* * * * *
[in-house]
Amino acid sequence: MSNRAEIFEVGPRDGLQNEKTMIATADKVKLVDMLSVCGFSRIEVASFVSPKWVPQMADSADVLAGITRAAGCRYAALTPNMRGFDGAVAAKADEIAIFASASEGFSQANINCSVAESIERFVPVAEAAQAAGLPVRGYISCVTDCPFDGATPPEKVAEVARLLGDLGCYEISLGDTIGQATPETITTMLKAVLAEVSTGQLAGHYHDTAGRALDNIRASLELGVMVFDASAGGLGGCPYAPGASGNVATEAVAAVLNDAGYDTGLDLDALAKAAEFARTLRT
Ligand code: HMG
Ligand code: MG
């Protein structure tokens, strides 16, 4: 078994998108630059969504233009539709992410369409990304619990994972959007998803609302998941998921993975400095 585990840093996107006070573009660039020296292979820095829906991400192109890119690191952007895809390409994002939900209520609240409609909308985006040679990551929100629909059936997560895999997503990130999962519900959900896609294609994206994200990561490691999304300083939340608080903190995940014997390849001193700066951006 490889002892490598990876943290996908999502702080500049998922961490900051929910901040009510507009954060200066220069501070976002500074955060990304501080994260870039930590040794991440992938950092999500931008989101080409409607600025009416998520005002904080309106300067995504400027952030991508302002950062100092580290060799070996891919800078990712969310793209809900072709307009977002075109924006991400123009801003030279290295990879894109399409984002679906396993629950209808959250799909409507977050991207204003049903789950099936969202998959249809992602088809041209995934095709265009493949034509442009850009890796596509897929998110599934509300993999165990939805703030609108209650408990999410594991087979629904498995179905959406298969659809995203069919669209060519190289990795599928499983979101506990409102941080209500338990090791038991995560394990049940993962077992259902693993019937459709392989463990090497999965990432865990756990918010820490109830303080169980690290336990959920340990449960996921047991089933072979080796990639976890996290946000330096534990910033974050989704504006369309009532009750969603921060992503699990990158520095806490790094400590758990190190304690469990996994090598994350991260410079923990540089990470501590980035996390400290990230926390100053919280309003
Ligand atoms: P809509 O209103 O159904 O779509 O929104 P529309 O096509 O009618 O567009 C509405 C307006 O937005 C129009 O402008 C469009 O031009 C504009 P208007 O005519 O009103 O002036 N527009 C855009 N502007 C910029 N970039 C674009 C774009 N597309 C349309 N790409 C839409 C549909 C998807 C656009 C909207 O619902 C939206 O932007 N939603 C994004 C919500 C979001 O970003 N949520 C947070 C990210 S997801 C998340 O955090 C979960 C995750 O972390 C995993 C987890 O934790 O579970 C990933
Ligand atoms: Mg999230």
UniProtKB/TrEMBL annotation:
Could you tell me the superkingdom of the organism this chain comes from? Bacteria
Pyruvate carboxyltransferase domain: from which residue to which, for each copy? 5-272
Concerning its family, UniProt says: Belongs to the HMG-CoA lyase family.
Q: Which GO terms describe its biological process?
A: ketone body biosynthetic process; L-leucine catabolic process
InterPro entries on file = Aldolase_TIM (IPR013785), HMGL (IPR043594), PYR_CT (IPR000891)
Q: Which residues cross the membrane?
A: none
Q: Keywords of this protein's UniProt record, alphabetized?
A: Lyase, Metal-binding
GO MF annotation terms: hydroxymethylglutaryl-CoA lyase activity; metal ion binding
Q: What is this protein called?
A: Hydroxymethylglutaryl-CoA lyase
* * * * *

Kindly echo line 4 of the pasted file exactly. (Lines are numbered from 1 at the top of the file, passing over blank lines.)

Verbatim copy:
Ligand code: MG